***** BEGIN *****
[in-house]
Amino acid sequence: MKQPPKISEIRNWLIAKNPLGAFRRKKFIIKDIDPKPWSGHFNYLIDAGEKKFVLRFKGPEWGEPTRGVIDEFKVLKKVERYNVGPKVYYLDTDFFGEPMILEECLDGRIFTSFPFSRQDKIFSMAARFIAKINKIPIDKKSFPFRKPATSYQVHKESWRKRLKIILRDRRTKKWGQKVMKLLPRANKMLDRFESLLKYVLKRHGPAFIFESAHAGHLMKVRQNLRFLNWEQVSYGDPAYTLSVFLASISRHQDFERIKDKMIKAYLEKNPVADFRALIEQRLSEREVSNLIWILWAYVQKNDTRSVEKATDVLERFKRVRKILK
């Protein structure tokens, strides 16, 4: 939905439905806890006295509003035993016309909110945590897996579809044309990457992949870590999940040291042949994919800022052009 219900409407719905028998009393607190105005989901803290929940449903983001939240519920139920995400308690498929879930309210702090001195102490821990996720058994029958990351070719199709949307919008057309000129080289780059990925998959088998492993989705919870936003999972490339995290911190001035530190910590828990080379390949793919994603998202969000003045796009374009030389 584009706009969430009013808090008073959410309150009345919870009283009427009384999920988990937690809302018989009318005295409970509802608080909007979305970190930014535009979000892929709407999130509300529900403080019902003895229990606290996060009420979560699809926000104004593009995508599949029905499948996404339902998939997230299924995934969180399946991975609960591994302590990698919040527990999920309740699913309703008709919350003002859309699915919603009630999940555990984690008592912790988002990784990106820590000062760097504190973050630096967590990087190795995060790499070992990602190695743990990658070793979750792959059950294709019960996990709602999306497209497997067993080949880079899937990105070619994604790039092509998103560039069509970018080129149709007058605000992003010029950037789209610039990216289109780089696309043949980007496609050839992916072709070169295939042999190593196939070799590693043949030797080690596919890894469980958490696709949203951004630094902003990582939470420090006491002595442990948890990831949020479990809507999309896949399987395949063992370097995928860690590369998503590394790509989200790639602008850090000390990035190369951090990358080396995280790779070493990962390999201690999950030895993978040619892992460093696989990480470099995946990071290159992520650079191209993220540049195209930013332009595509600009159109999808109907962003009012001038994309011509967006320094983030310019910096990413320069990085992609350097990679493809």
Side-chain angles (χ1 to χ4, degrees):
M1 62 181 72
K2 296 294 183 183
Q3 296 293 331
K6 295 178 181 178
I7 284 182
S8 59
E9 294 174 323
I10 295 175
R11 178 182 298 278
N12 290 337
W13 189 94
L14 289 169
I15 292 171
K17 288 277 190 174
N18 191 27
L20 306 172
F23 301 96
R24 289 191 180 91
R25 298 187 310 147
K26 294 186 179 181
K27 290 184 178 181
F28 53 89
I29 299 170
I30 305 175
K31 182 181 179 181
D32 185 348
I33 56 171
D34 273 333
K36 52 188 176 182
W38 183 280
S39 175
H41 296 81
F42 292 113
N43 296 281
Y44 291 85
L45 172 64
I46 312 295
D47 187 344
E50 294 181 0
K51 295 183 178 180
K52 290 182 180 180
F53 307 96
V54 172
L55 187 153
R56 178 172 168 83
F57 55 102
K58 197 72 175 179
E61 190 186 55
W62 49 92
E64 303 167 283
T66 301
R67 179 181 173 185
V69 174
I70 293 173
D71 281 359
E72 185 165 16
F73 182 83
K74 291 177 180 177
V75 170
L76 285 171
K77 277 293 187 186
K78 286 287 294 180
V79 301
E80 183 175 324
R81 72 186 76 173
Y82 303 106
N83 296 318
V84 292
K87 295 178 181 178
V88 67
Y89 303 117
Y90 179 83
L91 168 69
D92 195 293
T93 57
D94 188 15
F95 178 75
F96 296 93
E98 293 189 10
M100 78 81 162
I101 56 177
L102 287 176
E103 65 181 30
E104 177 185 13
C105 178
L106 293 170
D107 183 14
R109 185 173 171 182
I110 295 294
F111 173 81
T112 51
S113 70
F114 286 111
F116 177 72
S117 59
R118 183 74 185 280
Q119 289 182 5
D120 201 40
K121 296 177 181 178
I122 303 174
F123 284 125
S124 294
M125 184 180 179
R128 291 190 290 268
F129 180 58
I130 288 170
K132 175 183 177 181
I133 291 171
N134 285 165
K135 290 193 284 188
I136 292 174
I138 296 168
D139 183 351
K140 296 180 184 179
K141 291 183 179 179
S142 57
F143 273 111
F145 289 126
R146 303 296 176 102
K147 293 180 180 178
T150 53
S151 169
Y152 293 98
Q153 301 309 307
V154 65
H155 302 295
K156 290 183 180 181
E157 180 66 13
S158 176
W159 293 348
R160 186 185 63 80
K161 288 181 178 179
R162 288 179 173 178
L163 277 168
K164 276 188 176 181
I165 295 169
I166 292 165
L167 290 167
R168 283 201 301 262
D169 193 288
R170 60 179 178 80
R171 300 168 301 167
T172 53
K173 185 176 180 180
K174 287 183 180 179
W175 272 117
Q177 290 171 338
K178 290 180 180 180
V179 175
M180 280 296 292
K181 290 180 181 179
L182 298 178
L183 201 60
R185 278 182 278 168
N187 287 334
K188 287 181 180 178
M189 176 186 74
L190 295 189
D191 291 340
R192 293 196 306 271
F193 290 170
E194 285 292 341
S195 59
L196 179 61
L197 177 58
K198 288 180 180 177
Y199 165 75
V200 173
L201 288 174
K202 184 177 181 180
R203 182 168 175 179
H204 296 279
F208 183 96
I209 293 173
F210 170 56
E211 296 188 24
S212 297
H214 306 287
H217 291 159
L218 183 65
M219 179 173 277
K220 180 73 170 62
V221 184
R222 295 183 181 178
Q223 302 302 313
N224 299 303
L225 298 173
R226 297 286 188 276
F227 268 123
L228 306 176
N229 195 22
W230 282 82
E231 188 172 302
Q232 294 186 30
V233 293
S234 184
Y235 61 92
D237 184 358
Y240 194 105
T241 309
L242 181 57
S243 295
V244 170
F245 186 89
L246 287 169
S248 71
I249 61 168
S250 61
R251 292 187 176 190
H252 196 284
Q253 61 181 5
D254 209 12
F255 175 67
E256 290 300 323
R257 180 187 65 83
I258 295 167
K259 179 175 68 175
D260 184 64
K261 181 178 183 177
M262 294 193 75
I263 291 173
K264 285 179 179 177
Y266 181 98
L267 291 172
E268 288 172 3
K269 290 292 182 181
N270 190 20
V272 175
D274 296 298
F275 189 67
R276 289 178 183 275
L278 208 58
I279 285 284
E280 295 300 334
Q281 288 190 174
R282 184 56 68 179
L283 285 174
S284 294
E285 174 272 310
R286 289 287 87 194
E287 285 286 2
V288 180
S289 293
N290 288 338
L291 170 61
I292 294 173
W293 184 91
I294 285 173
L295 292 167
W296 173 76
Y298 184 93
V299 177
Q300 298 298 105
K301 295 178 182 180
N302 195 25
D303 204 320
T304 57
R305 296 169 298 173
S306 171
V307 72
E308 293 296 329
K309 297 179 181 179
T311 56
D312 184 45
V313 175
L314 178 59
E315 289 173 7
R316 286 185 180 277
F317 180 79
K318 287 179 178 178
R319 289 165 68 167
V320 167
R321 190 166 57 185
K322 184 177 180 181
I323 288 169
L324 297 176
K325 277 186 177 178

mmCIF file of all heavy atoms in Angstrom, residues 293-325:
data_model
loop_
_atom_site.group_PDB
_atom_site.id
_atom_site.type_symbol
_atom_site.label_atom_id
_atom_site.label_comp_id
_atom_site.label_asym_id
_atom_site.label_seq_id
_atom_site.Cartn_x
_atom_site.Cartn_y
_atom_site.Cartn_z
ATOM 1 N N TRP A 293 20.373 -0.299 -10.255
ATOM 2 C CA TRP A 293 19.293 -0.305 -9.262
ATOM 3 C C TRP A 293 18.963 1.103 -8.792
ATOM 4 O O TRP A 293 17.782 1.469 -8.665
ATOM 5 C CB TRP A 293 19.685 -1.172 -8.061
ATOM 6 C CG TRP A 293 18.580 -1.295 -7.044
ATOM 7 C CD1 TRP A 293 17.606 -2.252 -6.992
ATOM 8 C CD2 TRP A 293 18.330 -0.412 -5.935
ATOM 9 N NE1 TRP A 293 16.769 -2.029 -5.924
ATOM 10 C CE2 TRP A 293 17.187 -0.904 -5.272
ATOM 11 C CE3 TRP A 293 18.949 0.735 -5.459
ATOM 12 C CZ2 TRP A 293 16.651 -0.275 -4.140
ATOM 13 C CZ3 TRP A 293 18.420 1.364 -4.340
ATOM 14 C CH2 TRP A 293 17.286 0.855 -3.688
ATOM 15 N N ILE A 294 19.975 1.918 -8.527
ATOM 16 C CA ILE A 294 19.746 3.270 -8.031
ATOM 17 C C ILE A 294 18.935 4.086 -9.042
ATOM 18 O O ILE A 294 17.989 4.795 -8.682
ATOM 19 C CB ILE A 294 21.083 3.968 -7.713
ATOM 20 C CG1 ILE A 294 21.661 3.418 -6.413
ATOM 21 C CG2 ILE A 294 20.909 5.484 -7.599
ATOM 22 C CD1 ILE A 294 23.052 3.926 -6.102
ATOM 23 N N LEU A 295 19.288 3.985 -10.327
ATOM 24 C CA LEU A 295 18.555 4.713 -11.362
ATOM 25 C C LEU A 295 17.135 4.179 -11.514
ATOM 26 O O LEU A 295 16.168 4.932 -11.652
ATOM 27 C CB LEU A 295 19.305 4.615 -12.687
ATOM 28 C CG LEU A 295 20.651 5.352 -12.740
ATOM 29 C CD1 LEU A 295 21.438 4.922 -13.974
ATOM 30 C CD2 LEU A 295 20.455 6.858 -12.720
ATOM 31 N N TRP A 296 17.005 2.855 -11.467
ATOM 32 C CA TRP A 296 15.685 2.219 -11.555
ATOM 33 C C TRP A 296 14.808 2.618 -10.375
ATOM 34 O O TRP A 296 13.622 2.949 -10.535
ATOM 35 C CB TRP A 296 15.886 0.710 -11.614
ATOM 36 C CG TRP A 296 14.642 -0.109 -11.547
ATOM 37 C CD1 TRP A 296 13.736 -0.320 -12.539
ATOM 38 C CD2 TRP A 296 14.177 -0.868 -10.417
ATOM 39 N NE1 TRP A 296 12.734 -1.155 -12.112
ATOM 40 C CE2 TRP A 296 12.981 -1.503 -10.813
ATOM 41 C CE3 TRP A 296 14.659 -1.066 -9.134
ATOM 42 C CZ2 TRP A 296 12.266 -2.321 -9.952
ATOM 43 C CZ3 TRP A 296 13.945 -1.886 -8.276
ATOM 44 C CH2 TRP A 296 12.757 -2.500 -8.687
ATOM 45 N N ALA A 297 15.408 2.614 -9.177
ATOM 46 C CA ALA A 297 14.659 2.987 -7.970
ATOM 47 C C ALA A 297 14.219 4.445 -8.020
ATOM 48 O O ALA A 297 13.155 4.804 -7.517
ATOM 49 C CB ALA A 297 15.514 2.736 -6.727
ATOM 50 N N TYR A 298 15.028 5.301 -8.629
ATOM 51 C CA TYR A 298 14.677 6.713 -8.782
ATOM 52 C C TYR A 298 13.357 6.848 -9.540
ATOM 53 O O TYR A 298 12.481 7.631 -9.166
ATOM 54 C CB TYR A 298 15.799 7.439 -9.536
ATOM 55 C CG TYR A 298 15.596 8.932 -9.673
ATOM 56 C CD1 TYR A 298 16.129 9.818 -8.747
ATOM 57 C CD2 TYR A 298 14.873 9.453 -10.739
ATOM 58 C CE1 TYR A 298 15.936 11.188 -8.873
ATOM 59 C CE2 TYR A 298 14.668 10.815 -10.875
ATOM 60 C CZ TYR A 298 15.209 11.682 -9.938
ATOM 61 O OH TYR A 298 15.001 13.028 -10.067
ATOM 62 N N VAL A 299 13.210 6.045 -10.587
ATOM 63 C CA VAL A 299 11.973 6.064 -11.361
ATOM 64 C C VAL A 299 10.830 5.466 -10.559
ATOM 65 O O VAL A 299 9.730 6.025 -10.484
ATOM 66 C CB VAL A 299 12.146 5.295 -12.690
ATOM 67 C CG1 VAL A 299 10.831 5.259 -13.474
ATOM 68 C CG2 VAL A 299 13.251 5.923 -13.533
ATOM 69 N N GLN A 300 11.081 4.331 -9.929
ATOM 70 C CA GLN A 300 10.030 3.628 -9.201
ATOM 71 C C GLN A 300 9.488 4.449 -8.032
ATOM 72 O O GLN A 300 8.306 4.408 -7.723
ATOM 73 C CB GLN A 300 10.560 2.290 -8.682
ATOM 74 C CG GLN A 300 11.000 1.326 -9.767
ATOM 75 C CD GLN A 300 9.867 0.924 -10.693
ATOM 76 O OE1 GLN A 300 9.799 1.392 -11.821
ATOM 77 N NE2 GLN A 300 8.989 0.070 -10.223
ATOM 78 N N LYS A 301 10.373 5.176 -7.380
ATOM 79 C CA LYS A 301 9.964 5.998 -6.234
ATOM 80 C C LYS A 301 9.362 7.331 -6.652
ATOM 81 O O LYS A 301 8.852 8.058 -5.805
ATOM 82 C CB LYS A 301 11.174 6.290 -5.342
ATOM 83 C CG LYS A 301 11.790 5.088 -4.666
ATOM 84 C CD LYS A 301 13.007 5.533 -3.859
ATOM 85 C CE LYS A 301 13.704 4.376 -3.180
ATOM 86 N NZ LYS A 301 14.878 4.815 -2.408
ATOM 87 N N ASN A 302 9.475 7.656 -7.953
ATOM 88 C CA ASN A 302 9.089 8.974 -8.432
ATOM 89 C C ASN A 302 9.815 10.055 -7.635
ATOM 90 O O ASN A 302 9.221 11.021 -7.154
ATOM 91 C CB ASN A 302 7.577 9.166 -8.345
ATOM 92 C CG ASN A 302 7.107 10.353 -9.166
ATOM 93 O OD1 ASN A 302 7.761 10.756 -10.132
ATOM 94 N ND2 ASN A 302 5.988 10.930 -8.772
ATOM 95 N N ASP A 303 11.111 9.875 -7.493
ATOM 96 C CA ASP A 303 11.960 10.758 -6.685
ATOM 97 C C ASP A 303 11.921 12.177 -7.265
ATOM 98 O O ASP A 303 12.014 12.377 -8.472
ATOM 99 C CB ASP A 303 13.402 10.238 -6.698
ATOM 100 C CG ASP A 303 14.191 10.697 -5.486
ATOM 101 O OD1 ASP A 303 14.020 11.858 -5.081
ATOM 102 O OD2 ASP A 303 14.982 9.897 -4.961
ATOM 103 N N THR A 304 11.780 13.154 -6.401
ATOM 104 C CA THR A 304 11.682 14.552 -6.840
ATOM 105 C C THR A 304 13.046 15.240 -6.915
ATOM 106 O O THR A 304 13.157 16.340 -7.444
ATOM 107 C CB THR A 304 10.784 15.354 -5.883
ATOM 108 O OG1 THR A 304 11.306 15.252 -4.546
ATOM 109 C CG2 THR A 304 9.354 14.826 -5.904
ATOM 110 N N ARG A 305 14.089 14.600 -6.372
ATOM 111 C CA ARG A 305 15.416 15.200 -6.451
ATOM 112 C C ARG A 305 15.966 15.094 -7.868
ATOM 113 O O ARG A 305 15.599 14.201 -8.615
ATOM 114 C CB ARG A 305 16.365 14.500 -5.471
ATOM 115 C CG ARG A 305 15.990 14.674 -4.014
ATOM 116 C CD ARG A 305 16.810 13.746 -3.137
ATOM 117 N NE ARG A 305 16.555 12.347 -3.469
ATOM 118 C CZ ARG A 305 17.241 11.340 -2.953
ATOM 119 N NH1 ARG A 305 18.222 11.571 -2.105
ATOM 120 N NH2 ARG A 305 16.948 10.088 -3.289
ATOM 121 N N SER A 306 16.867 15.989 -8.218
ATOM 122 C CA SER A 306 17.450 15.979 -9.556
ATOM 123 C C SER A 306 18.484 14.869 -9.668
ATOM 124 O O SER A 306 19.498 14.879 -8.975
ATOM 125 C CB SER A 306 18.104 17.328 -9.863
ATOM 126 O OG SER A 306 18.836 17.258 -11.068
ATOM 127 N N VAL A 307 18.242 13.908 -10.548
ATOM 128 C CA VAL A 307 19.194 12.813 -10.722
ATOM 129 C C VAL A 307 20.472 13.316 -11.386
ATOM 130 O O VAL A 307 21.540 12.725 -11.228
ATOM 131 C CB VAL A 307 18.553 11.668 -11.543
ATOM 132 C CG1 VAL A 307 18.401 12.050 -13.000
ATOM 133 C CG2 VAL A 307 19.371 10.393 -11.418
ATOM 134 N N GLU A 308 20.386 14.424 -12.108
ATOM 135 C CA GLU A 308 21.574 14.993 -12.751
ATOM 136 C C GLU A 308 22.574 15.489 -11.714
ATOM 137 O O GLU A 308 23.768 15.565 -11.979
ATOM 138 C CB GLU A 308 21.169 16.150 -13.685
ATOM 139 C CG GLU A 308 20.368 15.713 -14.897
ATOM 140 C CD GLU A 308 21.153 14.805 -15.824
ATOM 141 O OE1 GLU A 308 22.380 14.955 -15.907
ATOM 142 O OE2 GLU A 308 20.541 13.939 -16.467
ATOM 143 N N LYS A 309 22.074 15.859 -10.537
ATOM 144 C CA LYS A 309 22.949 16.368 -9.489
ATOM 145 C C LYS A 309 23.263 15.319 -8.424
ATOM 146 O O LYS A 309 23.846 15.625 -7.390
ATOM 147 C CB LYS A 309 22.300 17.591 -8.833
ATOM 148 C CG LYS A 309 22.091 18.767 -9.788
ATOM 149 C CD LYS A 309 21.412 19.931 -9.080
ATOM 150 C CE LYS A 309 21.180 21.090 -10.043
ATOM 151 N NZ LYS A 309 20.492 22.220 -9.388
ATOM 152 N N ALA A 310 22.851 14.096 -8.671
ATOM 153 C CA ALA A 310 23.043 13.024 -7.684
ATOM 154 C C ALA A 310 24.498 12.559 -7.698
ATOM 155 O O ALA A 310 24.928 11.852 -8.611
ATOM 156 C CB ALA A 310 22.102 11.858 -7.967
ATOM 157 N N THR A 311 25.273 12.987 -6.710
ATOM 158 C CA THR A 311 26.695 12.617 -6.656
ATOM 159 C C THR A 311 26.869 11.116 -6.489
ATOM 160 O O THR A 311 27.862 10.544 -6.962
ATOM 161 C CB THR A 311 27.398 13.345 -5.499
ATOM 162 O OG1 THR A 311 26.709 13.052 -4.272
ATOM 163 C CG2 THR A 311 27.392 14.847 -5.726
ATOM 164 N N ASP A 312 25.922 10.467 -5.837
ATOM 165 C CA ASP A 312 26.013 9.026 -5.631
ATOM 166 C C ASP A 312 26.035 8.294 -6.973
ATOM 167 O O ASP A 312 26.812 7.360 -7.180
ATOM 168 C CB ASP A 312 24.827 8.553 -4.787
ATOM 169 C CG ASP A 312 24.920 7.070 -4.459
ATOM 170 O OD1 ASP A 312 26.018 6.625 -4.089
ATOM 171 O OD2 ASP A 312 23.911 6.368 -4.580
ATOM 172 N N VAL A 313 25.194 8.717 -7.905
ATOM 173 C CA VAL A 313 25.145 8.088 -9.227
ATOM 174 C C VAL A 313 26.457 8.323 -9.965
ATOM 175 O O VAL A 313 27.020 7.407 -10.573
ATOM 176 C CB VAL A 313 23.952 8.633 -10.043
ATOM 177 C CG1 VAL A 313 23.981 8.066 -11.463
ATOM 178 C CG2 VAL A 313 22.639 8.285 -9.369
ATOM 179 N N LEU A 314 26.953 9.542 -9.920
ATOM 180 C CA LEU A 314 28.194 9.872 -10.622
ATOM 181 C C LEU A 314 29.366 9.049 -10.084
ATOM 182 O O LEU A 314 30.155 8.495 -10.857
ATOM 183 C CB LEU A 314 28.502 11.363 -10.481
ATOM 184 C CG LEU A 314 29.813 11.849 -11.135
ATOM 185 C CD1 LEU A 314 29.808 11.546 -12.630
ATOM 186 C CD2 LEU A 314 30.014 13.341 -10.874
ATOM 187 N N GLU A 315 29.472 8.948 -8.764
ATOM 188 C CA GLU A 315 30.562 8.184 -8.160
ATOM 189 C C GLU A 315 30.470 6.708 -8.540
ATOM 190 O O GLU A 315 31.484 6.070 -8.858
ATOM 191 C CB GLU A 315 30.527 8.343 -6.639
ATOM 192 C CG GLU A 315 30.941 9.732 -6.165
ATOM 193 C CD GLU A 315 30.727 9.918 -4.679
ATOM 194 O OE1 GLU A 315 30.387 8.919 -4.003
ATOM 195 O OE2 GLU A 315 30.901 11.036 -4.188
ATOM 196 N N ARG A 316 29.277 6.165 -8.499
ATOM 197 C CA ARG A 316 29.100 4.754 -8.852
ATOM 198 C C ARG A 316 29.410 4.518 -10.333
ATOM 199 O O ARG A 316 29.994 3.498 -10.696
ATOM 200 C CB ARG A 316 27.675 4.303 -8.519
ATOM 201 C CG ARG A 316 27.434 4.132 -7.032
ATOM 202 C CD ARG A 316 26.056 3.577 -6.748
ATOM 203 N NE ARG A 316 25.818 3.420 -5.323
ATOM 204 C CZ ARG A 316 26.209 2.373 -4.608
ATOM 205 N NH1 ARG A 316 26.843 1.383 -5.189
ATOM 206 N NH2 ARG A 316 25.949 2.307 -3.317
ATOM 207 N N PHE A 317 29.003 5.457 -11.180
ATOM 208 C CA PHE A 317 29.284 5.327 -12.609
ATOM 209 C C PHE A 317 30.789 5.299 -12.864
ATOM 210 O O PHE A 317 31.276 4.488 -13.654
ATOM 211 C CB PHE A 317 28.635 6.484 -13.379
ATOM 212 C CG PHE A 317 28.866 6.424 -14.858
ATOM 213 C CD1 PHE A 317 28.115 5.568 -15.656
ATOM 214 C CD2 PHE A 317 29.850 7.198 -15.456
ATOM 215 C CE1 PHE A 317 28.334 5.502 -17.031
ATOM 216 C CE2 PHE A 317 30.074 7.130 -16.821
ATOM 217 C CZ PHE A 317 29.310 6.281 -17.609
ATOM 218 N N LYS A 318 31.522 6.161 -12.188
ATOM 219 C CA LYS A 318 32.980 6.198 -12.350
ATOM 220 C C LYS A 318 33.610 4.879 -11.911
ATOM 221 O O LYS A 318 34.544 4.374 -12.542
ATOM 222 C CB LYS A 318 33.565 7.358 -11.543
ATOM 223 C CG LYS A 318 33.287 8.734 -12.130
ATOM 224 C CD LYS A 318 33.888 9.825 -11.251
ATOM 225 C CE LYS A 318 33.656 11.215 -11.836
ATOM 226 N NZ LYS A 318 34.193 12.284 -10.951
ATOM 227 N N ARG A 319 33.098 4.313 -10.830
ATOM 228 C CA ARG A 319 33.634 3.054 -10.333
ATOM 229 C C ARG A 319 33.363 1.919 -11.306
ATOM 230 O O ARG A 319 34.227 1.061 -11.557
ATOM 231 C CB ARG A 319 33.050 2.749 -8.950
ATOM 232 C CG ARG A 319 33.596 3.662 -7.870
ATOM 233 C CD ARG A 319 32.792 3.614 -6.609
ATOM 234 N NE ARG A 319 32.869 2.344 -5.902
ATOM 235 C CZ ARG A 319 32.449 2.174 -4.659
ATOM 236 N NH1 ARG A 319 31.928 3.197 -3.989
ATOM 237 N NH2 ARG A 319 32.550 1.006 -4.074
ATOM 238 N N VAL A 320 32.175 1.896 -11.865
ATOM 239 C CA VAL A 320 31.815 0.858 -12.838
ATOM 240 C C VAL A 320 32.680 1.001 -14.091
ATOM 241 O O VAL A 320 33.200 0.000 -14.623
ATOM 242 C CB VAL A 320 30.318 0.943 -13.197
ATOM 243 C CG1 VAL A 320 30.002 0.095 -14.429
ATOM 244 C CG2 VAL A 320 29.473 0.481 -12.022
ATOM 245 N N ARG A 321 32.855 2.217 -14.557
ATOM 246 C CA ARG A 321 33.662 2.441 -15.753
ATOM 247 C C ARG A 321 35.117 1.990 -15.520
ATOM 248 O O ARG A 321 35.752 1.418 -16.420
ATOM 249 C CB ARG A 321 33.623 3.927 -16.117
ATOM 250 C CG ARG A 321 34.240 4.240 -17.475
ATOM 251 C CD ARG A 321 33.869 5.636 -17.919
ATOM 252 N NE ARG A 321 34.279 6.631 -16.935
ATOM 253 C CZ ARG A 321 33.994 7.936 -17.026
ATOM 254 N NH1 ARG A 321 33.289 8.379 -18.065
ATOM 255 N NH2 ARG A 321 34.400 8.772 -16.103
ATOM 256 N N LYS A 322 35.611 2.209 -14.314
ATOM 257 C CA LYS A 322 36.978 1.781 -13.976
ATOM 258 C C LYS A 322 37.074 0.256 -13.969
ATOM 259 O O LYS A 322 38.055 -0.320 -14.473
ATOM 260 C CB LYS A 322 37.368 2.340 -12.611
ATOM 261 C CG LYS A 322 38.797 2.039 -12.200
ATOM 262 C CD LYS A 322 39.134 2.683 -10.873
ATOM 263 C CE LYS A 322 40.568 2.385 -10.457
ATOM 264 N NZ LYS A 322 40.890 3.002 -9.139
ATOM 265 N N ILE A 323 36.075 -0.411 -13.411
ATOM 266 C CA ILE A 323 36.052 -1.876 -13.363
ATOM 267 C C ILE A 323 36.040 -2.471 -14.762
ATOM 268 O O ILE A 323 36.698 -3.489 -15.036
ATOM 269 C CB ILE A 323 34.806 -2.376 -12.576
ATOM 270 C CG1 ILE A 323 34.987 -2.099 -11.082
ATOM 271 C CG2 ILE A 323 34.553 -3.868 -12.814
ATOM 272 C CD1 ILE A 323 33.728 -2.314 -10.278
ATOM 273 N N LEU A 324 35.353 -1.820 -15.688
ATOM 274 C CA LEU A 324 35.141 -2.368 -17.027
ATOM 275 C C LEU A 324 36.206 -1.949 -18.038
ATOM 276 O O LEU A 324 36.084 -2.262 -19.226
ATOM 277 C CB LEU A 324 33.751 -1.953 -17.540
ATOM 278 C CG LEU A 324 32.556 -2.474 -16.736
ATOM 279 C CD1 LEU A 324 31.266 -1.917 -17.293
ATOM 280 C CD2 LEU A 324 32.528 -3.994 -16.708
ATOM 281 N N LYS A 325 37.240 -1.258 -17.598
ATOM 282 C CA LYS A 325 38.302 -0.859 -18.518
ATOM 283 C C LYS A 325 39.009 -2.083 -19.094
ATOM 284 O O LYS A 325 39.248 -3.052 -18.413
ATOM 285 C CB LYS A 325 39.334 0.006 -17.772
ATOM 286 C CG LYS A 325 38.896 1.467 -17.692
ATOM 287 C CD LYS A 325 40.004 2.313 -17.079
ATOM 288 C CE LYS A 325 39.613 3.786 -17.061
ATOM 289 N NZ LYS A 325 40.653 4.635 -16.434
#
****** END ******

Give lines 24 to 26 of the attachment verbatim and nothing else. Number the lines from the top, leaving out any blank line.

K26 294 186 179 181
K27 290 184 178 181
F28 53 89